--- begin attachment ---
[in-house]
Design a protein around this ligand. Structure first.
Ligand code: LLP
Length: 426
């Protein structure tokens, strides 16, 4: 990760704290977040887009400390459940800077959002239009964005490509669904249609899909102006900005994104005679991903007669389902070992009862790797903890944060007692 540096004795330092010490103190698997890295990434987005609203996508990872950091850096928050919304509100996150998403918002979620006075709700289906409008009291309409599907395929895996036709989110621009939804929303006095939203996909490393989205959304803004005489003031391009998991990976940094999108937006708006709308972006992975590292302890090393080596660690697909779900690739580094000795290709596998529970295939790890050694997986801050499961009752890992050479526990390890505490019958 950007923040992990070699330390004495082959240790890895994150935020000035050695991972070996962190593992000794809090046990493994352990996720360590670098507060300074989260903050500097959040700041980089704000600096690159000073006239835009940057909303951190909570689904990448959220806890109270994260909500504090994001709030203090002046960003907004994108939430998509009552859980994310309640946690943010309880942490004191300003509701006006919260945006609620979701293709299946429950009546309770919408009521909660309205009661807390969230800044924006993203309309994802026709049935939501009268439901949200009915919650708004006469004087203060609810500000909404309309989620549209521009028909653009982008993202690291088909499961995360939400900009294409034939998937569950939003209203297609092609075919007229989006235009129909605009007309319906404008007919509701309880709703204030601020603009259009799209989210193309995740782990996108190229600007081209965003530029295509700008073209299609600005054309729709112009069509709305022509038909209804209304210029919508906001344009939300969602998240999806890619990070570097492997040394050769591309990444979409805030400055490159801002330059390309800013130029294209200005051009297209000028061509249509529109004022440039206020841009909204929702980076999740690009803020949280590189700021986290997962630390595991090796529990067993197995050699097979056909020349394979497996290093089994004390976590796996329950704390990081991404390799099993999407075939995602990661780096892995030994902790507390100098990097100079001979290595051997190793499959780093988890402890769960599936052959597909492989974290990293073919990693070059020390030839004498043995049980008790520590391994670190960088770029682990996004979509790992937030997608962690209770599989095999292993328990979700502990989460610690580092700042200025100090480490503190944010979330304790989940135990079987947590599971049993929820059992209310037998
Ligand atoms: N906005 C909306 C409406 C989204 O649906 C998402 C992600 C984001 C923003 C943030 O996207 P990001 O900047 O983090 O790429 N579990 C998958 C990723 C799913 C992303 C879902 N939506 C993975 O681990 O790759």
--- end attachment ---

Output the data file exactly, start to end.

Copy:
[in-house]
Design a protein around this ligand. Structure first.
Ligand code: LLP
Length: 426
């Protein structure tokens, strides 16, 4: 990760704290977040887009400390459940800077959002239009964005490509669904249609899909102006900005994104005679991903007669389902070992009862790797903890944060007692 540096004795330092010490103190698997890295990434987005609203996508990872950091850096928050919304509100996150998403918002979620006075709700289906409008009291309409599907395929895996036709989110621009939804929303006095939203996909490393989205959304803004005489003031391009998991990976940094999108937006708006709308972006992975590292302890090393080596660690697909779900690739580094000795290709596998529970295939790890050694997986801050499961009752890992050479526990390890505490019958 950007923040992990070699330390004495082959240790890895994150935020000035050695991972070996962190593992000794809090046990493994352990996720360590670098507060300074989260903050500097959040700041980089704000600096690159000073006239835009940057909303951190909570689904990448959220806890109270994260909500504090994001709030203090002046960003907004994108939430998509009552859980994310309640946690943010309880942490004191300003509701006006919260945006609620979701293709299946429950009546309770919408009521909660309205009661807390969230800044924006993203309309994802026709049935939501009268439901949200009915919650708004006469004087203060609810500000909404309309989620549209521009028909653009982008993202690291088909499961995360939400900009294409034939998937569950939003209203297609092609075919007229989006235009129909605009007309319906404008007919509701309880709703204030601020603009259009799209989210193309995740782990996108190229600007081209965003530029295509700008073209299609600005054309729709112009069509709305022509038909209804209304210029919508906001344009939300969602998240999806890619990070570097492997040394050769591309990444979409805030400055490159801002330059390309800013130029294209200005051009297209000028061509249509529109004022440039206020841009909204929702980076999740690009803020949280590189700021986290997962630390595991090796529990067993197995050699097979056909020349394979497996290093089994004390976590796996329950704390990081991404390799099993999407075939995602990661780096892995030994902790507390100098990097100079001979290595051997190793499959780093988890402890769960599936052959597909492989974290990293073919990693070059020390030839004498043995049980008790520590391994670190960088770029682990996004979509790992937030997608962690209770599989095999292993328990979700502990989460610690580092700042200025100090480490503190944010979330304790989940135990079987947590599971049993929820059992209310037998
Ligand atoms: N906005 C909306 C409406 C989204 O649906 C998402 C992600 C984001 C923003 C943030 O996207 P990001 O900047 O983090 O790429 N579990 C998958 C990723 C799913 C992303 C879902 N939506 C993975 O681990 O790759």